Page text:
Simple mind map summary:
Ok, so I’ve created a mind map from text – now what?
Having created a mindmap from text you can revisit it to consolidate
your knowledge or simply use it once to digest information – the act
of writing and summarising creates greater meaning and understanding.
If you revisit the text that you have created the mindmap from you will see
for yourself that you instantly have a greater appreciation and
comprehension of the writing having mind mapped it out.
Reversing the process
A reversal of the text to mind map process will also prove useful:
if you notice a mind map by someone else that resonates with you
and you wish to explore it further, try writing from the mind map
and in your own words investigate and create from it. This gives you
a feel for writing from mind maps and experience in planning outlines
and structuring content. Or, better still, simply create your own
mind map and start writing in your own words!
Experimenting with text to mind map
The best way to test this further is to simply jump in
and create mindmaps from various selections of text.
Try revisiting your own writing and mindmapping it.
Try books, magazines, websites & blog posts
or any other form of study material you may wish to
learn from and compile a mind map from the text.
I hope this demonstration has helped you see how easy
it is to convert from text to mindmap and vice versa.
Here is a quick summary to recap:
How to convert Text to Mind Map
1 Read through the text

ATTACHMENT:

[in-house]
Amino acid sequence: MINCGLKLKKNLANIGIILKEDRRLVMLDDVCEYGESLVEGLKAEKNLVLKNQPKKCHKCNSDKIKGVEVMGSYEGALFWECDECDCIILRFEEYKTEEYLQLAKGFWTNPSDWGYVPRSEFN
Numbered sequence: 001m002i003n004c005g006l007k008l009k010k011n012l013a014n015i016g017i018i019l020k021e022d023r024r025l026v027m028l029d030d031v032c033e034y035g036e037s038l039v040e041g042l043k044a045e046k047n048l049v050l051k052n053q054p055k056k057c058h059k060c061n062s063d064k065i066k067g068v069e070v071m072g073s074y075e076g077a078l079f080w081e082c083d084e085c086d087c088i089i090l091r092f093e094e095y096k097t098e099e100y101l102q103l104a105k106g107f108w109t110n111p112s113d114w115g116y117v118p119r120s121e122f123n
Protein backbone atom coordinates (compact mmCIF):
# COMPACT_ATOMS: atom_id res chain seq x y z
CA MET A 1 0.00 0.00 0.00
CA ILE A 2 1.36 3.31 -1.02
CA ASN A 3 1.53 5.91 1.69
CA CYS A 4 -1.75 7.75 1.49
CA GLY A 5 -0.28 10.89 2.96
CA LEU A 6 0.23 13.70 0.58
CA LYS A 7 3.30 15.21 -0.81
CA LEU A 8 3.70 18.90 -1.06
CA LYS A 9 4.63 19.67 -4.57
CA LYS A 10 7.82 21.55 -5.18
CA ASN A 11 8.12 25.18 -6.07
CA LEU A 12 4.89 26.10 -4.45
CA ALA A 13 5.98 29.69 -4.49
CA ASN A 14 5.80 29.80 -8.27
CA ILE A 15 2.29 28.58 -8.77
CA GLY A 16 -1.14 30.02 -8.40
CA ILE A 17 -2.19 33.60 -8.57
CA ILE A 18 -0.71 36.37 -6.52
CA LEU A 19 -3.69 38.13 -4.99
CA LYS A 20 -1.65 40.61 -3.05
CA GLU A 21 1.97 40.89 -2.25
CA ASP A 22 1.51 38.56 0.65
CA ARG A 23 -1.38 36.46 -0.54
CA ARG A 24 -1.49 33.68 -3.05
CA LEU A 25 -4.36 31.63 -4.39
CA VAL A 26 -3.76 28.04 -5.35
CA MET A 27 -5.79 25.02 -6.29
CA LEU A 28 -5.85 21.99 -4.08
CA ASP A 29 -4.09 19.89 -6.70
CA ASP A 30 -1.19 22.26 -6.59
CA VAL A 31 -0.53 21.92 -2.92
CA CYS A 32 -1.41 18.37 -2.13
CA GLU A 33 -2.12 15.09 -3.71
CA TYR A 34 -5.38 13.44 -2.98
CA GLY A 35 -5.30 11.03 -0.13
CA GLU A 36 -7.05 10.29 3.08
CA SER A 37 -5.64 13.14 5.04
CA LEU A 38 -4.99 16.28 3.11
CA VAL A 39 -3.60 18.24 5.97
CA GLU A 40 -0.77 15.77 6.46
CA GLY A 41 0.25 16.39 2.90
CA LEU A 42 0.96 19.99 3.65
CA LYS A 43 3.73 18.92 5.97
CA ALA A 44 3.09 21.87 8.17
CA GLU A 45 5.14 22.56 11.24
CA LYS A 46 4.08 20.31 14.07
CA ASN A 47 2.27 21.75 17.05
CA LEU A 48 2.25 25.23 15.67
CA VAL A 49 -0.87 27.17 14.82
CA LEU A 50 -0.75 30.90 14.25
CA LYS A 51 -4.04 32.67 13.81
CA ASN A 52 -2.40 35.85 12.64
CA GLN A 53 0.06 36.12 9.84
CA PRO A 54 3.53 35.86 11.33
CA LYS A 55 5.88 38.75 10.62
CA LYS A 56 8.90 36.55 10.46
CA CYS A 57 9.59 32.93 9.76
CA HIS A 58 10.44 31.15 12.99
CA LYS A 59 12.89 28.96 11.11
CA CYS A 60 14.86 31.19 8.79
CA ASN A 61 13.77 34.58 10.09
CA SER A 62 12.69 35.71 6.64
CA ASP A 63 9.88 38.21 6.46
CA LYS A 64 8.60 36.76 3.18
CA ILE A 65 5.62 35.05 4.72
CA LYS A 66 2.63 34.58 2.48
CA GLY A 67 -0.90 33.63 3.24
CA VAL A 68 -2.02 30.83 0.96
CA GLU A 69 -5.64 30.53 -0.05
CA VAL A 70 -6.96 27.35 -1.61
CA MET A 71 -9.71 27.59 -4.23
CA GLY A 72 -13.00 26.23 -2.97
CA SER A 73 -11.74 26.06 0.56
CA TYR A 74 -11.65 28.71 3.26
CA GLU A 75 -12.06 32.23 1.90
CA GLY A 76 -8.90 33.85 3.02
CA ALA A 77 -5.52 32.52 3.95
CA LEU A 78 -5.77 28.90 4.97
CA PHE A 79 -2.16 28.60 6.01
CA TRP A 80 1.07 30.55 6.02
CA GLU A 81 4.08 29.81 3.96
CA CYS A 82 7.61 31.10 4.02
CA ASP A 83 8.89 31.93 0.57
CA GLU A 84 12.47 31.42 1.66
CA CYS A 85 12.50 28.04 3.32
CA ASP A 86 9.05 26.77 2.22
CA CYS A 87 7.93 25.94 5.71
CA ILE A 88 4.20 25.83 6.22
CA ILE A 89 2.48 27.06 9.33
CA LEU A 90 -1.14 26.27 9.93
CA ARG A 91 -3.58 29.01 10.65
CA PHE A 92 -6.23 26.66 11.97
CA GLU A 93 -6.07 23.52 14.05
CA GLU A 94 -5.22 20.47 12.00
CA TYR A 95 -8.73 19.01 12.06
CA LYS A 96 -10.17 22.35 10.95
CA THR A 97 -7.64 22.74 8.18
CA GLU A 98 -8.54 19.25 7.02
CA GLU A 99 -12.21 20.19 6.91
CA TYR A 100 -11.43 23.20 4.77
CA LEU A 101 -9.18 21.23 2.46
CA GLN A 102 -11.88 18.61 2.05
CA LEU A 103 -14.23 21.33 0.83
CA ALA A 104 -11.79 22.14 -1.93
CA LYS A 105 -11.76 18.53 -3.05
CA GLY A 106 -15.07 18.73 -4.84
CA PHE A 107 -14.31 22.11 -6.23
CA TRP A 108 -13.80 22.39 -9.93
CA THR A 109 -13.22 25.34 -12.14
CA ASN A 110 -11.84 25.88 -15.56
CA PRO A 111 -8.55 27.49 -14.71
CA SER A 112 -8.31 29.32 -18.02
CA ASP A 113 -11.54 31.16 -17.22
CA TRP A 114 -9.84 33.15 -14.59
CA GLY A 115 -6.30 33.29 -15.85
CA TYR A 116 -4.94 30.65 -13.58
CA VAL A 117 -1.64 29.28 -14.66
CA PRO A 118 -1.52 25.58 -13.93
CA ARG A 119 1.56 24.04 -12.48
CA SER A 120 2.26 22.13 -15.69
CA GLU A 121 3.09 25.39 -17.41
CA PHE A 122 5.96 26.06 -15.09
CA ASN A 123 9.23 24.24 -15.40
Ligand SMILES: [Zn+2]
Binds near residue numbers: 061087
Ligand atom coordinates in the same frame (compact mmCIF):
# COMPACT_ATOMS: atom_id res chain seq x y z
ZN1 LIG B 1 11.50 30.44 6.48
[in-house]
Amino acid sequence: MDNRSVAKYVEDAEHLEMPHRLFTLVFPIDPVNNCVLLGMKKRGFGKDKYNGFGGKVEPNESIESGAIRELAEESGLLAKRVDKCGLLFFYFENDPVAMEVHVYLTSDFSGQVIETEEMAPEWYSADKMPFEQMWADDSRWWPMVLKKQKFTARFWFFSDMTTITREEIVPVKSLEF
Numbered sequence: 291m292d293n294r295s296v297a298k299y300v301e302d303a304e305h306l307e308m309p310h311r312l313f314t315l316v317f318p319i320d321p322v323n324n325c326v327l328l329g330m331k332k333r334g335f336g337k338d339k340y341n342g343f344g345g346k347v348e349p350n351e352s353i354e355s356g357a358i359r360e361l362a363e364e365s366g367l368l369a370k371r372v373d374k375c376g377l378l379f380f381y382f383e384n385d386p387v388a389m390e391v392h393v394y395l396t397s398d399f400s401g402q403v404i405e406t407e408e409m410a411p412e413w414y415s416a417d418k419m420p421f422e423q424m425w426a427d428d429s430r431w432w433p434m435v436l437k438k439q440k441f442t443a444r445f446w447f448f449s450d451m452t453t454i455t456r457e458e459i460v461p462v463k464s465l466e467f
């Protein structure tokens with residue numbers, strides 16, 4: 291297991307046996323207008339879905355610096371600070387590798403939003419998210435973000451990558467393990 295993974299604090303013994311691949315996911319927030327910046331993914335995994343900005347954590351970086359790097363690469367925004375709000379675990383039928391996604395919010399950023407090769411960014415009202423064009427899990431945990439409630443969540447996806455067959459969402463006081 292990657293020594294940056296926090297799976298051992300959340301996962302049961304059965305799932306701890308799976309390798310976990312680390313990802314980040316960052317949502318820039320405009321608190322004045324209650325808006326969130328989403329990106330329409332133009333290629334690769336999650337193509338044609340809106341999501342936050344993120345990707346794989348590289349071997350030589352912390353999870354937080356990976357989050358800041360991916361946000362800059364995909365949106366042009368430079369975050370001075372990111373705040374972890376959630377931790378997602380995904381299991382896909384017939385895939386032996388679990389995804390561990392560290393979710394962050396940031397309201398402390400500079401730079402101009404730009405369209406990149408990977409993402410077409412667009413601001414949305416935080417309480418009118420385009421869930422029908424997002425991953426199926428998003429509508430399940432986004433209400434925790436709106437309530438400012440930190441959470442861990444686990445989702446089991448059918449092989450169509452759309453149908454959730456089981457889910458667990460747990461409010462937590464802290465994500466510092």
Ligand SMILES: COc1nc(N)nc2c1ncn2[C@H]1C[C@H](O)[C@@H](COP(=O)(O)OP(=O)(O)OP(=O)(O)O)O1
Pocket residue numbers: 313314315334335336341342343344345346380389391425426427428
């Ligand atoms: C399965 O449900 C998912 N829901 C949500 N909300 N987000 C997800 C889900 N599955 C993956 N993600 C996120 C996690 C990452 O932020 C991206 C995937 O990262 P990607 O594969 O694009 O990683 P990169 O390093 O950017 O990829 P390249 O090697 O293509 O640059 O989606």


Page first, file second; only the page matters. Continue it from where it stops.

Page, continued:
2 Reread and consider 5W 1H
3 Extract keywords for main branches
4 Expand key points to create sub-branches
5 Add your own ideas should you wish
6 Add illustrations if necessary
7 Review mind map and revisit text to check coverage
8 Contemplate, consolidate, retain & if applicable memorise
9 Store your mind map for revisiting
10 Share it if you think it might help others!
Examples of text to mind map in action:
The Power of Now Mind Map
Stillness Speaks Mind Map
Qualities of Leonardo da Vinci Mind Map
Taming Your Gremlin Mind Map
Made to Stick Mind Map created by Roy Grubb
Numerous excellent examples created by Luciano Passuello
List of online Mind Map Libraries
Mind Map Art - Showcasing artistic Mind Maps from around the World
Drawing a Mind Map from Start to Finish
How to make a Mind Map at WikIT (the mindmapping Wiki)
How to Mind Map: A Beginners Guide at IQ Matrix
Online Text to Mind Map resources:
Suggestions from Roy Grubb of Topicscape
Thanks to Roy (Twitter @roygrubb)
Mind Map Books by Tony Buzan
List of books about Mind Maps at WikIT
Original Blog Post:
To see more Mind Maps by Paul Foreman visit the
Mind Map Inspiration Website www.mindmapinspiration.co.uk
Subscribe to the Mind Map Inspiration Blog to receive
new Mind Maps, plus creativity and drawing tips.
Blog at www.mindmapinspiration.com
Mindmaps ® were invented by Tony Buzan
They help us progress from "linear" (one-dimensional) through
"lateral" (two-dimensional) to "radiant" (multi-dimensional) thinking.
For more information see his books and visit the following website:
E-Books available from http://www.mindmapinspiration.co.uk including:
In this E-Book I share how I create ideas and help guide you towards the land of infinite possibilities.
Never be stuck for an idea again!
Contents Includes the following Mind Maps: